Liberty loses police search case

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Liberty loses police search case

Post  Mr007 on Thu Nov 03, 2011 12:57 pm

Liberty loses police search case
Coryton refinery David Howarth had been on his way to a protest at Coryton oil refinery
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People taking part in demonstrations must accept they could be searched by police, a court has ruled.

David Howarth, from the West Midlands, was searched on a train while on his way to a protest at Coryton oil refinery in Essex.

Lawyers for the human rights group Liberty argued his privacy had been invaded.

But two judges said the police action was "necessary and proportionate".

Mr Justice McCombe, sitting with Lady Justice Hallett, said there was a "significant danger" of the law becoming "over precious about minimal intrusions into privacy" during police searches.

Alleged indirect infringements of the right to privacy and freedom of expression were "the price" of taking part in mass public demonstrations, he said.
Nothing found

About 50 Metropolitan Police officers boarded a train going to a climate change protest at the refinery on 16 October.

The case arose after protesters, alerted by a website, gathered at three railway stations in central London in preparation to move on to a series of oil industry targets, the court was told.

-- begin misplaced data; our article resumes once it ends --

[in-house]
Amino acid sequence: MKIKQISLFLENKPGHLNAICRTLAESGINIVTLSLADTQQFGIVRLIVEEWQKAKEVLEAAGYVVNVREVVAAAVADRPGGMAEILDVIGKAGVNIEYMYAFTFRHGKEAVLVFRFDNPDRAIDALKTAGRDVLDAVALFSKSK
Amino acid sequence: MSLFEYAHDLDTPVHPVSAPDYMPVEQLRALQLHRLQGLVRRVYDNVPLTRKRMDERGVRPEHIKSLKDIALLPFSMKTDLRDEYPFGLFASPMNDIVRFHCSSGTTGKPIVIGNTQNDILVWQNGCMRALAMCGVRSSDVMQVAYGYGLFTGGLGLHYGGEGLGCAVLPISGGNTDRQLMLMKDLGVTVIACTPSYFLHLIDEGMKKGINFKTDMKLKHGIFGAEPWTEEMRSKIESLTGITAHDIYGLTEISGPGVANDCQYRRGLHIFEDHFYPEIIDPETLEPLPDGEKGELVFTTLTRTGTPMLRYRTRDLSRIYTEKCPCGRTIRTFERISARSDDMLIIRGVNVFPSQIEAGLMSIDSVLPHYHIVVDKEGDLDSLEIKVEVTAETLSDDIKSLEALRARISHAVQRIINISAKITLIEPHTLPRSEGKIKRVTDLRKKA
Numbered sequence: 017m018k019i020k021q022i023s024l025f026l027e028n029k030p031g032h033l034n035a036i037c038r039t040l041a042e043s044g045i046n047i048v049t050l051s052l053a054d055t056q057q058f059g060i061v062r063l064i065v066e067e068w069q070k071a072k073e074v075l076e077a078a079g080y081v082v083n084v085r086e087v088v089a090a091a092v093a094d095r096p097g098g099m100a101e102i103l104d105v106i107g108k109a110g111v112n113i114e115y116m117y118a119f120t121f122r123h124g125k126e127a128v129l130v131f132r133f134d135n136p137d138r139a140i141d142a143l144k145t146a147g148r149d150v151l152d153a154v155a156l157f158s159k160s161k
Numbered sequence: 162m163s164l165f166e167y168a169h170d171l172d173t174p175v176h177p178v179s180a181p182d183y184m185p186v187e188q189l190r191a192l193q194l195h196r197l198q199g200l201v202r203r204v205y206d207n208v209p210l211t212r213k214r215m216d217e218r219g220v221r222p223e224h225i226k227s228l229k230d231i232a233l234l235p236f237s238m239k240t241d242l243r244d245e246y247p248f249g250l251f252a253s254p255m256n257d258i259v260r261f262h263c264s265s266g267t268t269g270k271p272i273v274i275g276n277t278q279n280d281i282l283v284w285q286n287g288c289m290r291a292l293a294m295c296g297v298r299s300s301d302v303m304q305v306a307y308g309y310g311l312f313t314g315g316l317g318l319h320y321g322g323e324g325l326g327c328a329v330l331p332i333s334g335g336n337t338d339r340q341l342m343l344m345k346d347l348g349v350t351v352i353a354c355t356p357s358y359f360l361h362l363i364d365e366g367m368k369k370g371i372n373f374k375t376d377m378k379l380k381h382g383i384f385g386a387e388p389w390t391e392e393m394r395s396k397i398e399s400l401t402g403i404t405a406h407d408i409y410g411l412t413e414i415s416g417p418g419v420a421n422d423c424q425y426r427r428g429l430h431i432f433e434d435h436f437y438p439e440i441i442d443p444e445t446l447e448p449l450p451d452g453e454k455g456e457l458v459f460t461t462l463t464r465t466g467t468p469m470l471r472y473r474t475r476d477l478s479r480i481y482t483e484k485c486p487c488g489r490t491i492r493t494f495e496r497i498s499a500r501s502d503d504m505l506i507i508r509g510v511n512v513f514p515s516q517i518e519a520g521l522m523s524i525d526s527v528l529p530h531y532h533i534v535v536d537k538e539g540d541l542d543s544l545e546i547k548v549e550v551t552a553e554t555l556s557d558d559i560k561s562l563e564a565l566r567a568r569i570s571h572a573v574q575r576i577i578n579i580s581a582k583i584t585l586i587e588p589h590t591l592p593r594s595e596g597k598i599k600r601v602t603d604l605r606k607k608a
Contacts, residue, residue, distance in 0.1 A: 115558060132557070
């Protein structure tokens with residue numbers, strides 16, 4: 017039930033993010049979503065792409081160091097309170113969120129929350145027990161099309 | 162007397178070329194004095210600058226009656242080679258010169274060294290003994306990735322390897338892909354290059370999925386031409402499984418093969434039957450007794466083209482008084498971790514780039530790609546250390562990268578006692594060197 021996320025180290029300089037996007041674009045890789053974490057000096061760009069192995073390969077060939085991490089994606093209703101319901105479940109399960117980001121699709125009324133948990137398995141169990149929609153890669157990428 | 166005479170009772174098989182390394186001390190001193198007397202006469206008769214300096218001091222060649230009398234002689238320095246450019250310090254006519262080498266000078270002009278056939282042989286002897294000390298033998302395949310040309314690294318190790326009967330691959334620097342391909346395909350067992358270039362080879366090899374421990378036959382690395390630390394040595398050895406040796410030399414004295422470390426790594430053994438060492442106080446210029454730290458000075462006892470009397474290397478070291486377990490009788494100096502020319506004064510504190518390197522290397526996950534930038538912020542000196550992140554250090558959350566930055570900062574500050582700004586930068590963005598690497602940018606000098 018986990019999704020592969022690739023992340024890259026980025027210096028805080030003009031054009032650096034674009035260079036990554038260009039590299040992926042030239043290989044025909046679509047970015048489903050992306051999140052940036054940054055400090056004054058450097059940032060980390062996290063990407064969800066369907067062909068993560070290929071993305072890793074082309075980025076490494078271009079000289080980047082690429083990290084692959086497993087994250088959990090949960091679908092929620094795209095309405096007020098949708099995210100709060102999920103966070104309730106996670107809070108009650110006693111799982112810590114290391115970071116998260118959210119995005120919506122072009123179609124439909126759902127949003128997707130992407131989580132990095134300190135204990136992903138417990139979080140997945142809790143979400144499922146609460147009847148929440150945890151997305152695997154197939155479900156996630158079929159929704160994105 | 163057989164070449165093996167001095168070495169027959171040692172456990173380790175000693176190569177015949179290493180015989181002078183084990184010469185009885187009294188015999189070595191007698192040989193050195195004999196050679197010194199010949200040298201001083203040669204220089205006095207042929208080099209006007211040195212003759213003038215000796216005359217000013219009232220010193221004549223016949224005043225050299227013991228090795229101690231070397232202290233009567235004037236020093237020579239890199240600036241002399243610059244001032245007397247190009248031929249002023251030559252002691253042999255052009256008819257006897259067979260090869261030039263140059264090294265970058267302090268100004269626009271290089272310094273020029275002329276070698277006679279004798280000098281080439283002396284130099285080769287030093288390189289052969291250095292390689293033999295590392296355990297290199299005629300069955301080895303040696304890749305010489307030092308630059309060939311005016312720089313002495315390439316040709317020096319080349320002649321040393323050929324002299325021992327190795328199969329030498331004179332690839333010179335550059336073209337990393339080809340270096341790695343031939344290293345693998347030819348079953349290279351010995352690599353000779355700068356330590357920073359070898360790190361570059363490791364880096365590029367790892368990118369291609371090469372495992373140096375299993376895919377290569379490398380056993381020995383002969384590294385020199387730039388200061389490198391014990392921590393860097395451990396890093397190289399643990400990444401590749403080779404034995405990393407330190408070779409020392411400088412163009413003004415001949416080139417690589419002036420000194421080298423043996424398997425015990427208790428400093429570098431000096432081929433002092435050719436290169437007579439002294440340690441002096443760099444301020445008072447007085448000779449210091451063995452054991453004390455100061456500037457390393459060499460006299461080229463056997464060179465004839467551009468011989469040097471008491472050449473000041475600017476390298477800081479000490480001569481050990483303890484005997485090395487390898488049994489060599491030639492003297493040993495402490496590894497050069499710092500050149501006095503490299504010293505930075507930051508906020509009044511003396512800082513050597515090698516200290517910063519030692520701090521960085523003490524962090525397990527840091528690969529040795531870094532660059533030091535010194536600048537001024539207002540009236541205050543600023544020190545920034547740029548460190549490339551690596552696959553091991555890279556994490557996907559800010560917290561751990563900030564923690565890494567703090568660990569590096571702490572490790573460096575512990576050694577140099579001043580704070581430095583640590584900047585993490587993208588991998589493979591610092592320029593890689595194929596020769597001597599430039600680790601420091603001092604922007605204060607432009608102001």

The protest had been organised by a band of activists calling themselves "Crude Awakening".

Police used powers under the 1984 Police and Criminal Evidence Act (Pace) to search for chalk and treacle which could be used to cause criminal damage.

Mr Howarth, from Cradley Heath, was given a "pat down" search, and his jacket and trouser pockets were also searched. His wallet was opened but the search officer did not look into it, the court heard.

Nothing was found on him and he went on to join 200 other protesters blockading the refinery.
Law 'over precious'

Liberty was seeking a ruling that the search was unlawful and violated his rights under the European Convention on Human Rights.

Helen Mountfield QC argued that attendance at a mass demonstration "was insufficient reason" for suspecting he possessed prohibited articles.

Rejecting her submissions, the judge ruled the police officer who searched Mr Howarth did reasonably suspect prohibited items would be found on one or more of the protesters.

"The rights of expression and of assembly protected by the (Human Rights) Convention are indeed precious in a democratic society," he said.

"However, there is a significant danger of the law becoming 'over precious' in a rather different sense, about minimal intrusions into privacy and alleged indirect infringements of the rights of privacy, assembly and expression.

"These are the price today of participation in numerous lawful activities conducted in large groups of people," he added.

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